LIGHTNING at CANADIENS
TV: NBCSN, CBC, TVA Sports
Tampa Bay leads best-of-7 series 3-1
The Montreal Canadiens are happy to be playing one more game in front of their fans on Saturday, when they hope a second straight win against the Tampa Bay Lightning in Game 5 of the Eastern Conference Second Round will keep their season alive.
Montreal avoided elimination with a 6-2 win against Tampa Bay at Amalie Arena on Thursday. The Canadiens have won Game 4 six of 11 times after trailing a best-of-7 series 3-0.
Defenseman Jeff Petry said Montreal has momentum after chasing Lightning goalie Ben Bishop in Game 4 on its way to ending an eight-game losing streak against Tampa Bay.
"I think it's definitely in our advantage going back to the Bell Centre," Petry said Friday. "The focus is one more game here and just take it one game at a time. We've just got to win one game and that was our focus [Thursday], and that's got to be our focus moving forward."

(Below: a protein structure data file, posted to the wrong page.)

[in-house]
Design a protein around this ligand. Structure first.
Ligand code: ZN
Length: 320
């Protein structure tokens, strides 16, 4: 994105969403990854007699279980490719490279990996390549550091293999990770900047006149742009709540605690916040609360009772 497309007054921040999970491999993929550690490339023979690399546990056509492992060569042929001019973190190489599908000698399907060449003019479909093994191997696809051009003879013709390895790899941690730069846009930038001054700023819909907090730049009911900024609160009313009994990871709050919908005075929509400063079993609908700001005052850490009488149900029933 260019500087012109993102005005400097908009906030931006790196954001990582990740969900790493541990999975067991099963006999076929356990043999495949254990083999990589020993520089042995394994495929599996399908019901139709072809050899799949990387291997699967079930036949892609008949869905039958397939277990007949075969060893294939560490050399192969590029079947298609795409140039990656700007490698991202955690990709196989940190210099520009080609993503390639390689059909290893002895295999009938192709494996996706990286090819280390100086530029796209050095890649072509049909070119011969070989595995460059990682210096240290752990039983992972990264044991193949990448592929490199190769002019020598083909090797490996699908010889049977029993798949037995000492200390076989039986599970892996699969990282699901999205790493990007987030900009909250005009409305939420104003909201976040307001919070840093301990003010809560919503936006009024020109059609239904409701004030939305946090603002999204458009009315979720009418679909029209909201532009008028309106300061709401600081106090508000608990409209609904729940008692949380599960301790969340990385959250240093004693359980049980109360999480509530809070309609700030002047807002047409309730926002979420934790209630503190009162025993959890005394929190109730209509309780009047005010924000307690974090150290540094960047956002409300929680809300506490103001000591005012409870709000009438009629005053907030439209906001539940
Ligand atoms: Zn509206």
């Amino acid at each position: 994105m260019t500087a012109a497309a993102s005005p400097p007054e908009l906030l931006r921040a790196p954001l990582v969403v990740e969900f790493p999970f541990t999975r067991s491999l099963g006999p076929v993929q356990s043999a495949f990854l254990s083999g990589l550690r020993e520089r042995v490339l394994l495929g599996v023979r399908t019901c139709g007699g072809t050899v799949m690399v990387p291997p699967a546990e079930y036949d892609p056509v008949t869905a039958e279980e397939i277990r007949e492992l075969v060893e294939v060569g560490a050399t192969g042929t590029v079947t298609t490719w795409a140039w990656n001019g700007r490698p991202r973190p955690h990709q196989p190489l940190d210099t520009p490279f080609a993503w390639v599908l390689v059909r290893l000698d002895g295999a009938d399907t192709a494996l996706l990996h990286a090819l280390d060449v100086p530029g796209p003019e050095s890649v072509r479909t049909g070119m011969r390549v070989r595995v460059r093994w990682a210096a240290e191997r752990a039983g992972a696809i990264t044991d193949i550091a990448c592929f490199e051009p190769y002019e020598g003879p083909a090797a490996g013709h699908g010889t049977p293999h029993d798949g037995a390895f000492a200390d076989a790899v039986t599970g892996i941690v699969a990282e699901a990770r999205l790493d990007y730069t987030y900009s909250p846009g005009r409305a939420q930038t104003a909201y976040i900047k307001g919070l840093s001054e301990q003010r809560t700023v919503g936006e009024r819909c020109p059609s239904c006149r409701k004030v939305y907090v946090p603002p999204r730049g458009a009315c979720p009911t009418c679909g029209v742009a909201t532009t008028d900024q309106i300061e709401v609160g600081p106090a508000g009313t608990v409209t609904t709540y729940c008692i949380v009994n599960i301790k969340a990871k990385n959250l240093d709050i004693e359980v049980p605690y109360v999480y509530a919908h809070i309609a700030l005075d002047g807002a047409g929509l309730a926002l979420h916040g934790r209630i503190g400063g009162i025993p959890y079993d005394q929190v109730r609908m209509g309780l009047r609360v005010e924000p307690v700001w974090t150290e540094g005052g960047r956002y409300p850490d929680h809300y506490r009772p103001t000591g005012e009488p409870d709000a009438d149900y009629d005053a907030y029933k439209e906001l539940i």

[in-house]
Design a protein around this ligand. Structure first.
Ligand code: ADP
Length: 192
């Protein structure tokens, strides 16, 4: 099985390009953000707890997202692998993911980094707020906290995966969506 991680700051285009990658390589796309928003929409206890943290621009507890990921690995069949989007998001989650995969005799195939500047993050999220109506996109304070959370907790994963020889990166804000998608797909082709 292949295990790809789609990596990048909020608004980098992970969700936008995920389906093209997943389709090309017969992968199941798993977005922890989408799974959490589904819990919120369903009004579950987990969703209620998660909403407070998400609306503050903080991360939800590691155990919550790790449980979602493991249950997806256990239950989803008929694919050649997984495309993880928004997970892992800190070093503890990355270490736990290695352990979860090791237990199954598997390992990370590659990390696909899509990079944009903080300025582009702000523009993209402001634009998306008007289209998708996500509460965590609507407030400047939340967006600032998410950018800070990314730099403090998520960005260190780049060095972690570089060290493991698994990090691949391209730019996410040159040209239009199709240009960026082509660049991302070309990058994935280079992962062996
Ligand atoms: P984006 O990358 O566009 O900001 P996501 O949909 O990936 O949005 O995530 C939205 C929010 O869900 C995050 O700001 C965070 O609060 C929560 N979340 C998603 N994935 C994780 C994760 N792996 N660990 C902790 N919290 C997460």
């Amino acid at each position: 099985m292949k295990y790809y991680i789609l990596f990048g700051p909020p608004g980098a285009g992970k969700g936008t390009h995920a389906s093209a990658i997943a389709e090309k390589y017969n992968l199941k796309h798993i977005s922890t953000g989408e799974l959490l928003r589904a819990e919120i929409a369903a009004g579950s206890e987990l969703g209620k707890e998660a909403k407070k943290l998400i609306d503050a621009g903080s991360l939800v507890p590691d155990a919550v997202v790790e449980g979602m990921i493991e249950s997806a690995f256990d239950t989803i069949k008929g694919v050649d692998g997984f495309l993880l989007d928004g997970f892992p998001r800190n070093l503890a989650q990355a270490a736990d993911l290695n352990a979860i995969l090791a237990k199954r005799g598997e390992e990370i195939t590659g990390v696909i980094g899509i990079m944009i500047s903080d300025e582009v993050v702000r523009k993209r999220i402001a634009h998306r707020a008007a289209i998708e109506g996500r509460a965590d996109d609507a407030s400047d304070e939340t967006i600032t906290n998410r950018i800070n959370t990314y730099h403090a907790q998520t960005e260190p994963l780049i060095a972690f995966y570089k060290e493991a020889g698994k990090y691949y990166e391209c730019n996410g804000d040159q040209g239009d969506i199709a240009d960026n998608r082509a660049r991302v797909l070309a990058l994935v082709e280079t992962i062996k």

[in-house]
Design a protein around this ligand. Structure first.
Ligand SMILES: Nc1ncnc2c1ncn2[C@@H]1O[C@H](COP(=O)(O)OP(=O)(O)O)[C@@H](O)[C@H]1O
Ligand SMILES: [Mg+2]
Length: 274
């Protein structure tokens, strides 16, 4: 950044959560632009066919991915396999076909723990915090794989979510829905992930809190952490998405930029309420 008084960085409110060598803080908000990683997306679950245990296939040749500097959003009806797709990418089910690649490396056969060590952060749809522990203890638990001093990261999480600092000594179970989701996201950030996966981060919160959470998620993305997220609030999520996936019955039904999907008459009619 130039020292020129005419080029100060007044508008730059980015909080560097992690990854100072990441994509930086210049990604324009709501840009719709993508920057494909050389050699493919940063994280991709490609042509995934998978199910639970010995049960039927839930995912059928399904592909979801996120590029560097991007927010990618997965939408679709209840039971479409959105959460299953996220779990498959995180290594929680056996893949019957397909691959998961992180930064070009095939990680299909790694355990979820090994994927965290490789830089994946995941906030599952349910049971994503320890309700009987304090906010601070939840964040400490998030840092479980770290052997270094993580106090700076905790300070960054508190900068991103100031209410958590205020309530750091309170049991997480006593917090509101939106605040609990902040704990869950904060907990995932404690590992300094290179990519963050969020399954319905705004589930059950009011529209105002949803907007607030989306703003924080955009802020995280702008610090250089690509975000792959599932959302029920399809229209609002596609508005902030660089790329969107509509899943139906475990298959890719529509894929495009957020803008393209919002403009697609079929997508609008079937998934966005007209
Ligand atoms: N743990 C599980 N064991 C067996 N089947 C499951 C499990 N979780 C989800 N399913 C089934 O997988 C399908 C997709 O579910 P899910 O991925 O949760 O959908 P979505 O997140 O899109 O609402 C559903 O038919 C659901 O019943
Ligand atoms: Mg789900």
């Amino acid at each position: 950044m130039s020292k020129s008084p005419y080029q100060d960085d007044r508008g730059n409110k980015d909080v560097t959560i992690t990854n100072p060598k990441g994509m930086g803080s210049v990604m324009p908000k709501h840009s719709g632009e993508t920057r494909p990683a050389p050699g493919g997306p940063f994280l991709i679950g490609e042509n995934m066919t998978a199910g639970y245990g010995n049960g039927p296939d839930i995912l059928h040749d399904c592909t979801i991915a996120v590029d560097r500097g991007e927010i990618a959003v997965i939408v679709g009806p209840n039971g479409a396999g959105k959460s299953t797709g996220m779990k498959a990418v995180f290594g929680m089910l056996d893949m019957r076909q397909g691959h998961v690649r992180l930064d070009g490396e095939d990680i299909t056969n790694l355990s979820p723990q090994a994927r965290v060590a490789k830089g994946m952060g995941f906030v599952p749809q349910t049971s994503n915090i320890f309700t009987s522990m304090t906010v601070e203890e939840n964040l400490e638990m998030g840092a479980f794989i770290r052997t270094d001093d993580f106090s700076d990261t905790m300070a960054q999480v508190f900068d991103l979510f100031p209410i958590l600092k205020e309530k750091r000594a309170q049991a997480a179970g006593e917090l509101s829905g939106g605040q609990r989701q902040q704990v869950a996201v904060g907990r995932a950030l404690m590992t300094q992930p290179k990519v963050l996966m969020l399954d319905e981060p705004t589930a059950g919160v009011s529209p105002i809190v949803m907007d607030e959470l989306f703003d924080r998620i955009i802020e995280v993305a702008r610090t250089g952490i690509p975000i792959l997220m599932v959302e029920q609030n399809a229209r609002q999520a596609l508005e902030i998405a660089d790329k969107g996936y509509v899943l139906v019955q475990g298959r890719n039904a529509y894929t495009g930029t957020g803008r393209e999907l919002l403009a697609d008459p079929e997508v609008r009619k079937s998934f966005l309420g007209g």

The Canadiens showed they could bounce back from a crushing defeat after allowing Tampa Bay center Tyler Johnson to score the game-winning goal with 1.1 seconds remaining in Game 3, meaning that Montreal needed to win four straight elimination games to survive.
"I don't think it was hard to stay positive or anything like that," Petry said. "We know we were getting our chances in the first three games and we weren't getting some puck luck, and [Thursday] night I don't think we changed our style of play or anything like that, I think we continued to stay the course and it paid off for us."
Four teams in Stanley Cup Playoff history have come back to win a best-of-7 series after trailing 3-0.
That said, the Lightning find nothing cliché about how difficult it is to get that fourth win in a series no matter how many opportunities they may have.
"That's definitely the hardest win to get," Tampa Bay forward Ryan Callahan said. "The other team is very desperate; their season's on the line and it's key to match that desperation and make sure you come ready to play."
Callahan said it is important for Tampa Bay to rely on its speed and transition game to match Montreal’s level of desperation, which was higher than the Lightning's in the past two games.
"I think there are some things we can clean up in the defensive zone, but I think we're at our best when we're playing fast and we're moving the puck up ice and we're attacking the other team," Callahan said. "And I don't think there's been enough of that the last couple of games here and we've got to get back to it."